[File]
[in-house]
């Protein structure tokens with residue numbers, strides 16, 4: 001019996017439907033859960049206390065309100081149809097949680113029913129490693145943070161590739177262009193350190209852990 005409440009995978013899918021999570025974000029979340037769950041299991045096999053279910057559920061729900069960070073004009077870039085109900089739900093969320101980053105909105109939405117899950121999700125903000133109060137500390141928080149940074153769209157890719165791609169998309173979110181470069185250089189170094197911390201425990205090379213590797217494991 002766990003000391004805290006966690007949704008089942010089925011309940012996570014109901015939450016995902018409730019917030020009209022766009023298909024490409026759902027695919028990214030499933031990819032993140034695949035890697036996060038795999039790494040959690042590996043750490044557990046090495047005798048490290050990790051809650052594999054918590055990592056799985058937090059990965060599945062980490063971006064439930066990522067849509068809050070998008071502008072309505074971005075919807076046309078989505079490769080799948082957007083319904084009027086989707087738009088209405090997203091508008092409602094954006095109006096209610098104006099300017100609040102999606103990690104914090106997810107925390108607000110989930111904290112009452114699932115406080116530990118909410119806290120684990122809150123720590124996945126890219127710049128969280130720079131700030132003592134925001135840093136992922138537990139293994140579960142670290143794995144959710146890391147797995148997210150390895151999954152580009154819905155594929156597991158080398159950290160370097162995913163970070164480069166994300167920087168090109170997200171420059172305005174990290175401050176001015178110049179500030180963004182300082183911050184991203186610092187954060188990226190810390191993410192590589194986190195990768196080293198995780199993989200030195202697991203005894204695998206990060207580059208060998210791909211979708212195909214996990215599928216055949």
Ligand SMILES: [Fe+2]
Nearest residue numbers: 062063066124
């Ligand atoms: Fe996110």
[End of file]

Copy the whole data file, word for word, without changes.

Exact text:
[in-house]
């Protein structure tokens with residue numbers, strides 16, 4: 001019996017439907033859960049206390065309100081149809097949680113029913129490693145943070161590739177262009193350190209852990 005409440009995978013899918021999570025974000029979340037769950041299991045096999053279910057559920061729900069960070073004009077870039085109900089739900093969320101980053105909105109939405117899950121999700125903000133109060137500390141928080149940074153769209157890719165791609169998309173979110181470069185250089189170094197911390201425990205090379213590797217494991 002766990003000391004805290006966690007949704008089942010089925011309940012996570014109901015939450016995902018409730019917030020009209022766009023298909024490409026759902027695919028990214030499933031990819032993140034695949035890697036996060038795999039790494040959690042590996043750490044557990046090495047005798048490290050990790051809650052594999054918590055990592056799985058937090059990965060599945062980490063971006064439930066990522067849509068809050070998008071502008072309505074971005075919807076046309078989505079490769080799948082957007083319904084009027086989707087738009088209405090997203091508008092409602094954006095109006096209610098104006099300017100609040102999606103990690104914090106997810107925390108607000110989930111904290112009452114699932115406080116530990118909410119806290120684990122809150123720590124996945126890219127710049128969280130720079131700030132003592134925001135840093136992922138537990139293994140579960142670290143794995144959710146890391147797995148997210150390895151999954152580009154819905155594929156597991158080398159950290160370097162995913163970070164480069166994300167920087168090109170997200171420059172305005174990290175401050176001015178110049179500030180963004182300082183911050184991203186610092187954060188990226190810390191993410192590589194986190195990768196080293198995780199993989200030195202697991203005894204695998206990060207580059208060998210791909211979708212195909214996990215599928216055949």
Ligand SMILES: [Fe+2]
Nearest residue numbers: 062063066124
């Ligand atoms: Fe996110």